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Impersonation scam cases soar – are you at risk?

Emma Lunn
Written By:
Emma Lunn

A lack of awareness is leading to more people being victims of ‘impersonation scams’, with younger people more likely to be affected.

Research by Nationwide Building Society found that impersonation scams are one of the fastest growing types of scam, alongside authorised push payment (APP) scams.

According to Nationwide’s poll of 2,000 people, more than a quarter (26%) of people say they have fallen for scams involving some kind of impersonation. These scams often involve a person being tricked into making a payment or giving personal and financial details to someone claiming to be from a known or trusted organisation.

Ruses often include pretending to be from the police, a bank or building society, utility or telecoms companies or a government body, such as HMRC or the DVLA.

Despite the continuing rise of economic crime, the fear of being targeted is low on the average Brit’s worry list. Just one in 10 (10%) worry about being approached by a criminal pretending to be from a trusted organisation. This compares with more than a quarter (28%) who are worried about having their house vandalised or burgled.

Nationwide found that almost half (46%) of people don’t think they’d be likely to fall for a scam. However, when pressed, about one in eight (15%) admit to not knowing what an impersonation scam is, with a further 41% saying they only partially understand.

Contrary to popular belief, the chances of being targeted appear to reduce with age, possibly indicating scammers are preying on a lack of experience more than other vulnerabilities. Nationwide’s research shows 48% of people aged 16 to 24 say they have been conned, compared to 39% of 25 to 34s, and just one in 10 (10%) of those aged 55 and above.

While the majority of people have their wits about them, one in five (20%) don’t scan email addresses properly or at all for signs of tampering and two thirds (67%) answer calls from a number they either don’t know or is withheld. More than three quarters (78%) of 16 to 24s admitted to picking up unknown calls, compared to 61% of those aged 55 and over.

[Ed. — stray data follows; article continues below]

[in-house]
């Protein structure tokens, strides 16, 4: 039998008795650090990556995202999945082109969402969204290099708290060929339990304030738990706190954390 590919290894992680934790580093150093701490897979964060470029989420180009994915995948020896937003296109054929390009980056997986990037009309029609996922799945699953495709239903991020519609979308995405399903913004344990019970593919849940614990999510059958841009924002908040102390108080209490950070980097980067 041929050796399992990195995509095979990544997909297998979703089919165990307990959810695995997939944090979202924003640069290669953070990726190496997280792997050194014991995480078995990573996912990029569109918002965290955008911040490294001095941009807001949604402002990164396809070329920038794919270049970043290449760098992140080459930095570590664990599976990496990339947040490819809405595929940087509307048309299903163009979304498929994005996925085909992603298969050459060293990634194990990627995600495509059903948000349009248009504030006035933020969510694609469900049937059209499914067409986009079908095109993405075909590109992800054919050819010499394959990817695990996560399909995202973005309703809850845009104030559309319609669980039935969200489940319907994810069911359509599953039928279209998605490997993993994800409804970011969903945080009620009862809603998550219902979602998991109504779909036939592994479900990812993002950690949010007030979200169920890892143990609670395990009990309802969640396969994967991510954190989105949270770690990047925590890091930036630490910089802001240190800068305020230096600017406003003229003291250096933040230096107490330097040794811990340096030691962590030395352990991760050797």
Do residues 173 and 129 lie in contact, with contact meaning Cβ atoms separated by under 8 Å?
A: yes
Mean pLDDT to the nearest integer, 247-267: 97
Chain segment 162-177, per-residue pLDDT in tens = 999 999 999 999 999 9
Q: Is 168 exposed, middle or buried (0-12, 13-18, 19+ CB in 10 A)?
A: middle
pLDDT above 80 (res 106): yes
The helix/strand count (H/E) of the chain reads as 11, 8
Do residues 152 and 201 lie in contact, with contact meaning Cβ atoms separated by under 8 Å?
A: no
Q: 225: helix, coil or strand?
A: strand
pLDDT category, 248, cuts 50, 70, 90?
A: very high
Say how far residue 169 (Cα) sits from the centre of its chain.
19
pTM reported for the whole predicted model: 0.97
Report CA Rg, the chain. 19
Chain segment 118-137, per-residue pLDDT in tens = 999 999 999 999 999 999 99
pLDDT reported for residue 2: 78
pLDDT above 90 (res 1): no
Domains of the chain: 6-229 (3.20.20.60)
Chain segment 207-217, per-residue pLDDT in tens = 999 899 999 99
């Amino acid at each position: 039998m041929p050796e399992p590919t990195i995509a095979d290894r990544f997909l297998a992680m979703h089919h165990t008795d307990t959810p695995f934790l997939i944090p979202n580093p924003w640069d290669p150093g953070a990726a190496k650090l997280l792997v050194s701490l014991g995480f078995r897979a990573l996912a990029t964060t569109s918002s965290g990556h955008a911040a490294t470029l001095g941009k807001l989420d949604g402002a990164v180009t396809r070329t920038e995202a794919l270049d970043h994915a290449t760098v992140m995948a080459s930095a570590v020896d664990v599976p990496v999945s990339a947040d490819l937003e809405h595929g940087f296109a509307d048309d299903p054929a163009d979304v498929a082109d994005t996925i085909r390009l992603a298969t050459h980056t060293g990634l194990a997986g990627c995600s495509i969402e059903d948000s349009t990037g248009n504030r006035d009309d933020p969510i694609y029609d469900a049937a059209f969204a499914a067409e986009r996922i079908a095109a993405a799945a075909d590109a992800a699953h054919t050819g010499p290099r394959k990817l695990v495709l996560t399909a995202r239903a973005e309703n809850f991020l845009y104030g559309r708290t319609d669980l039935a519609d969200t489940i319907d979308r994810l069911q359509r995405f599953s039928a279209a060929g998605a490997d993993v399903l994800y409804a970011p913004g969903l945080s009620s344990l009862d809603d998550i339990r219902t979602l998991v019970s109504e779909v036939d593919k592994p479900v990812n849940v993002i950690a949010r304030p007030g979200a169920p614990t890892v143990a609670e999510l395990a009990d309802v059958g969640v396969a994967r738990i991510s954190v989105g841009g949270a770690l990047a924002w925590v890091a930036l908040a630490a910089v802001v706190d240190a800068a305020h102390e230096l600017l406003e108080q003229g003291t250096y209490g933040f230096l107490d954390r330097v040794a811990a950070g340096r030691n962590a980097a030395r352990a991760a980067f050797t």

The research uncovers a small minority who are far too trusting, with one in 50 (2%) admitting they would transfer money to another ‘safe’ account if they were approached by someone claiming to be from their bank or building society. Meanwhile 3% would withdraw money if contacted by someone purporting to be from the police saying they needed it to help them with their investigation. Is payback legit? Find out in this article.

Ed Fisher, head of fraud at Nationwide Building Society, said: “People may think it’s surprising that others fall for scams, but the criminals are becoming ever more convincing both in what they say and the technology they use, intercepting emails or spoofing texts to look like they are genuine. It’s one reason why the number of impersonation scams has increased significantly – people who fall for them are not careless.  But the key to thwarting the scammers is education and learning as much you can about the tricks they use as well as telling your friends and relatives what to look out for”.

Tips to avoid becoming a victim of an impersonation scam

* With impersonation scams on the rise, if you ever receive a suspicious call, text or email, don’t automatically believe it is who you think, even if it’s purporting to be from a company you know and trust.

* Never act on a call out of the blue or transfer money at a caller’s request. A genuine organisation would never ask you to move money to another account for security reasons.

* Don’t give anyone remote access to your computer following a cold call or random text and don’t allow anyone into or to view your internet banking activity for any reason.

* Don’t be rushed into making a decision or taking action. Take some time to investigate that a caller is who they say they are and that they are a genuine person or organisation. For example, check for any discrepancies in the sender’s email address or caller’s telephone number and contact them back on their registered number so you know you are speaking to them.

* If you have any sort of doubt, hang up the call or delete the email.